Kansas regulators won’t open winter storm gas invoices

See Public Records? Governments Are Making It Harder.


The allegations of “price gouging” against natural gas suppliers in Kansas has turned into an open records battle.

The Kansas Corporation Commission has denied the request of an attorney who wanted to know how much suppliers were paid during the 2021 Winter Storm Uri, the same storm that paralyzed Texas, resulted in rolling blackouts in Oklahoma and led to billions of dollars in extended customer rate hikes.

While Kansas energy customers are footing the hundreds for hundreds of millons of dollars in the extraordinary natural gas costs, the KCC said the public does not need the documents in order to continue with any litigation over the claims of market manipulation.

The Commission ruled the release of such invoices to the public “would cause harm to both Black Hills and the public” and might affect the company’s “ability to compete for low cost gas supplies in the future,” reported the Topeka Capital-Journal.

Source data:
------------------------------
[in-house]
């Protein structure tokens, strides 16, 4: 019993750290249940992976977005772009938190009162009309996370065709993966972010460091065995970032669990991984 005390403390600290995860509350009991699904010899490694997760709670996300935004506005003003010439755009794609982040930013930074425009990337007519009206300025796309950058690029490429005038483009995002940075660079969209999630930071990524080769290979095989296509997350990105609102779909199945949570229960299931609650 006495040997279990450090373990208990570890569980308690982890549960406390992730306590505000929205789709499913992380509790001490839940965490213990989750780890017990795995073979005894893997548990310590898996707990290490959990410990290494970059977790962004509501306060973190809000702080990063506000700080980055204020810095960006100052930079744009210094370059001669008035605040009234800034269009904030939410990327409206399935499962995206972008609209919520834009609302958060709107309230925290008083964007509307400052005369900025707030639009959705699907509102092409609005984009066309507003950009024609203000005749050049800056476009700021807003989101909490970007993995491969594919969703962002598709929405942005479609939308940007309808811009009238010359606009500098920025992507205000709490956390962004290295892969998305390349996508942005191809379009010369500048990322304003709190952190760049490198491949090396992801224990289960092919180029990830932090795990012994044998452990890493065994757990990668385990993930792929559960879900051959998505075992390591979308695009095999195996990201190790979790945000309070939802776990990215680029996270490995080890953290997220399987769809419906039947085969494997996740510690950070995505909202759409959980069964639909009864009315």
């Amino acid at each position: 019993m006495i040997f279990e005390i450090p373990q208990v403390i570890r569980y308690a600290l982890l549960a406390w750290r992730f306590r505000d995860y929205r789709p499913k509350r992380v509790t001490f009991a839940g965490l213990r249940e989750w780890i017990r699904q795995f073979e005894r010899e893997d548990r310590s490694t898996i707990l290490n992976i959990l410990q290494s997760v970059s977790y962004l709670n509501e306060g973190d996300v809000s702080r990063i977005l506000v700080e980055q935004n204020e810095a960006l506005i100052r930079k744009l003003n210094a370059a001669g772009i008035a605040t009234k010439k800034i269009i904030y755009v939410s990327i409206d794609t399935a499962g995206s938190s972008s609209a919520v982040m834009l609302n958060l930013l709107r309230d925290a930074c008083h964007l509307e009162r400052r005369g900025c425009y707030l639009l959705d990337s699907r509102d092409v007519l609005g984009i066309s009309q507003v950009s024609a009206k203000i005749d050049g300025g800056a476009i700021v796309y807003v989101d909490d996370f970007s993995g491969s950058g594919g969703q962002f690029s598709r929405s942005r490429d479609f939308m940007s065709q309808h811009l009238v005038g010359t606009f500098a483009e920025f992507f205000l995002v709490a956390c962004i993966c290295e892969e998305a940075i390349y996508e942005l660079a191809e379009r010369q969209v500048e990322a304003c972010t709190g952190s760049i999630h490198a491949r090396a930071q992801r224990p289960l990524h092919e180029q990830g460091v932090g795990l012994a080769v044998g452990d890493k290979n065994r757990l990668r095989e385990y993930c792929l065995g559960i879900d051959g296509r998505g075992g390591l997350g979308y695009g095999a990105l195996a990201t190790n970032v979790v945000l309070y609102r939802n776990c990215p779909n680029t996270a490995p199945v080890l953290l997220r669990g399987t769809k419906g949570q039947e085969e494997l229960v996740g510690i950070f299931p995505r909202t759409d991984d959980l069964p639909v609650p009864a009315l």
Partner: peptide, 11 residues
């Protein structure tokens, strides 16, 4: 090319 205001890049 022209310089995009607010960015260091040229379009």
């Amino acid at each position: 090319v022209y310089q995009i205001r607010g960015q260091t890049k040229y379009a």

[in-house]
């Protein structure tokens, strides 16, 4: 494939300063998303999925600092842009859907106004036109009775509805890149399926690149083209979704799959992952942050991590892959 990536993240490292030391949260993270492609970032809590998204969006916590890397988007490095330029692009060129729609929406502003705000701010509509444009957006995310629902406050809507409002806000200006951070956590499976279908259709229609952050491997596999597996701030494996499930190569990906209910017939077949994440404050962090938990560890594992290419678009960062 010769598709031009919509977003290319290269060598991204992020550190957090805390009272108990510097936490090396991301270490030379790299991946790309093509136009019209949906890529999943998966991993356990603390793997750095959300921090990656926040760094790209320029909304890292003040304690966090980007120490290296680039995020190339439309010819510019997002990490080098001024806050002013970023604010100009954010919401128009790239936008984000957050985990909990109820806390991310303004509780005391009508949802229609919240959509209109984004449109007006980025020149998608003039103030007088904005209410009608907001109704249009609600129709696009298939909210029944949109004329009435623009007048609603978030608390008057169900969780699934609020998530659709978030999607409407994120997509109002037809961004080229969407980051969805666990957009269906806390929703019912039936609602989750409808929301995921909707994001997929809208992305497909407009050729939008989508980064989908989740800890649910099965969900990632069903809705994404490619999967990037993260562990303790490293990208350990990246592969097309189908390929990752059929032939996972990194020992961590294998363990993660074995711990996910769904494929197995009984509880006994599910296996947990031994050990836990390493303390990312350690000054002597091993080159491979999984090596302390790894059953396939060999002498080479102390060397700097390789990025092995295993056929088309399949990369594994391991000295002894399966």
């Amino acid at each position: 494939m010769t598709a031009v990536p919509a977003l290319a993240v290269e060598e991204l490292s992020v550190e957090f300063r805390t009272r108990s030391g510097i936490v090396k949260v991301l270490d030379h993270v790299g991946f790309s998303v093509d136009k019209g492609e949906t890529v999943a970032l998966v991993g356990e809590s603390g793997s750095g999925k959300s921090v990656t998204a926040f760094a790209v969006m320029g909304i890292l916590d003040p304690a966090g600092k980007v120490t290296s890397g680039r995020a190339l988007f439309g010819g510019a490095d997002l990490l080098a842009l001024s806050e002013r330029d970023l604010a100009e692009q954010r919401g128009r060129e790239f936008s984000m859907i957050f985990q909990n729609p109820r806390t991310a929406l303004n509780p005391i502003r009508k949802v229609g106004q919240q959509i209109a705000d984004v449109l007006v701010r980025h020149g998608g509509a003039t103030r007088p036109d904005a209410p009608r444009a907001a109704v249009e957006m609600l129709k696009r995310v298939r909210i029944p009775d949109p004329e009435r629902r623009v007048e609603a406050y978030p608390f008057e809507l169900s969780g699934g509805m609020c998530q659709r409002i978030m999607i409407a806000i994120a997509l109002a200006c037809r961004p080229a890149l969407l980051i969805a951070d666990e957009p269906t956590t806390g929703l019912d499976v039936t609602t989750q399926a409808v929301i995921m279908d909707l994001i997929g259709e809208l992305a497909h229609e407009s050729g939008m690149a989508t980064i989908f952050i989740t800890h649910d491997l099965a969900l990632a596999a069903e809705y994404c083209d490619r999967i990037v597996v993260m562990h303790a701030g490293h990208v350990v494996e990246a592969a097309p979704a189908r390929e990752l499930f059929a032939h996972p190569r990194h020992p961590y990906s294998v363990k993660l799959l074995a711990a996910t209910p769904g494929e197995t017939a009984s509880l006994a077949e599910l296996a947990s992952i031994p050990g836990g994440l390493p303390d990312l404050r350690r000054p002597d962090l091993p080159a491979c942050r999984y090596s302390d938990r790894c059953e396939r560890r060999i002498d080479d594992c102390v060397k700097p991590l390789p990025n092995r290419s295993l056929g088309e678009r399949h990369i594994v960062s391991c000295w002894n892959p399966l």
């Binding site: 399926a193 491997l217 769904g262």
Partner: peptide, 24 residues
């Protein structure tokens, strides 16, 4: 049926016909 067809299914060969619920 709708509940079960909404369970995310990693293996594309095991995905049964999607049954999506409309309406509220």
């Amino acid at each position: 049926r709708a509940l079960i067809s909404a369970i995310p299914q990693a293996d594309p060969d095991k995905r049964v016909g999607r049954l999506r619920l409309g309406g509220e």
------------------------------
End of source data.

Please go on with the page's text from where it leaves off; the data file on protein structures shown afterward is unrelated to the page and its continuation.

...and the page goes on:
The attorney who sought the invoices is Jim Zakura, who specializes in energy law at Foulston Siefkin, a Kansas City law firm. He filed two federal class action lawsuits against energy companies, including the Kansas Gas Service, a division of Oklahoma based ONE Gas. The suits accused Kansas Gas Service and the Kansas Municipal Gas Agency of violating the Kansas Consumer Protection Act.

In the wake of the denial of his public documents request for invoices of Black Hills Energy , Zakoura asked the Citizens’ Utility Ratepayer Board to intervene.


Zakoura has asked the commissioners to reconsider, and the Citizens’ Utility Ratepayer Board has intervened.

“The public ‘right to know’ goes to the very heart of the public policy benefit inherent in KORA,” said David Nickel, a CURB attorney. KORA is the Kansas Open Records Act.

“The primary focus of this docket is whether Kansas citizens, including residential and small commercial ratepayers, have the right to know the details surrounding why their natural gas utility bills are as high as they are,”added Nickel.

The same “price gouging” allegations have been made in Oklahoma where Attorney General Gentner Drummond announced intentions several months ago to pursue legal action over millions of dollars in high natural gas costs during the storm.

Oklahoma Corporation Commissioner Bob Anthony has made the same kind of claims regarding how much Oklahoma utilities benefitted from the market manipulation.